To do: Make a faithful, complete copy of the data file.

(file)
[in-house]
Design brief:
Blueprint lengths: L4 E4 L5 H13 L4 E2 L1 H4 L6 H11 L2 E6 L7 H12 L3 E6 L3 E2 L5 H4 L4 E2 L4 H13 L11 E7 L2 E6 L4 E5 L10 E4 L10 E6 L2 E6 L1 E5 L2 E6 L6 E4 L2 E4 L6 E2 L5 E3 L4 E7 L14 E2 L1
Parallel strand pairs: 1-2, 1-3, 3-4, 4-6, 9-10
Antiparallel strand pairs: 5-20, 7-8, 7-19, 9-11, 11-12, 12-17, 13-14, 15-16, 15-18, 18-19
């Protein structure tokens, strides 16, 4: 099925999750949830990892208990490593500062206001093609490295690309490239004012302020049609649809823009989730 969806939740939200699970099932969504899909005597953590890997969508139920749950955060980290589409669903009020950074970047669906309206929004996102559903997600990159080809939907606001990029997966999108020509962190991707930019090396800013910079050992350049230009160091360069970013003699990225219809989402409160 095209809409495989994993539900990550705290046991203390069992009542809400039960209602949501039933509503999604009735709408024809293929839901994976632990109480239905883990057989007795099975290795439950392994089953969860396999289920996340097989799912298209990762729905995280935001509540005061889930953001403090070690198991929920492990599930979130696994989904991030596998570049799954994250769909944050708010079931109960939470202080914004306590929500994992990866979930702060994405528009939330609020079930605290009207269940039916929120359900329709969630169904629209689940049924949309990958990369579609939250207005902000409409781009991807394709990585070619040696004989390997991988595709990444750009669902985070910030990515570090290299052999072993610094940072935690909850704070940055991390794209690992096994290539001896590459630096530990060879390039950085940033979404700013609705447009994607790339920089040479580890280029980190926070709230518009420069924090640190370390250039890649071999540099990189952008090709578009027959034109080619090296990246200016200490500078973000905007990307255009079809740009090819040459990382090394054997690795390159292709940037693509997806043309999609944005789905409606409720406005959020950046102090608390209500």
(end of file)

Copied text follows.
[in-house]
Design brief:
Blueprint lengths: L4 E4 L5 H13 L4 E2 L1 H4 L6 H11 L2 E6 L7 H12 L3 E6 L3 E2 L5 H4 L4 E2 L4 H13 L11 E7 L2 E6 L4 E5 L10 E4 L10 E6 L2 E6 L1 E5 L2 E6 L6 E4 L2 E4 L6 E2 L5 E3 L4 E7 L14 E2 L1
Parallel strand pairs: 1-2, 1-3, 3-4, 4-6, 9-10
Antiparallel strand pairs: 5-20, 7-8, 7-19, 9-11, 11-12, 12-17, 13-14, 15-16, 15-18, 18-19
């Protein structure tokens, strides 16, 4: 099925999750949830990892208990490593500062206001093609490295690309490239004012302020049609649809823009989730 969806939740939200699970099932969504899909005597953590890997969508139920749950955060980290589409669903009020950074970047669906309206929004996102559903997600990159080809939907606001990029997966999108020509962190991707930019090396800013910079050992350049230009160091360069970013003699990225219809989402409160 095209809409495989994993539900990550705290046991203390069992009542809400039960209602949501039933509503999604009735709408024809293929839901994976632990109480239905883990057989007795099975290795439950392994089953969860396999289920996340097989799912298209990762729905995280935001509540005061889930953001403090070690198991929920492990599930979130696994989904991030596998570049799954994250769909944050708010079931109960939470202080914004306590929500994992990866979930702060994405528009939330609020079930605290009207269940039916929120359900329709969630169904629209689940049924949309990958990369579609939250207005902000409409781009991807394709990585070619040696004989390997991988595709990444750009669902985070910030990515570090290299052999072993610094940072935690909850704070940055991390794209690992096994290539001896590459630096530990060879390039950085940033979404700013609705447009994607790339920089040479580890280029980190926070709230518009420069924090640190370390250039890649071999540099990189952008090709578009027959034109080619090296990246200016200490500078973000905007990307255009079809740009090819040459990382090394054997690795390159292709940037693509997806043309999609944005789905409606409720406005959020950046102090608390209500």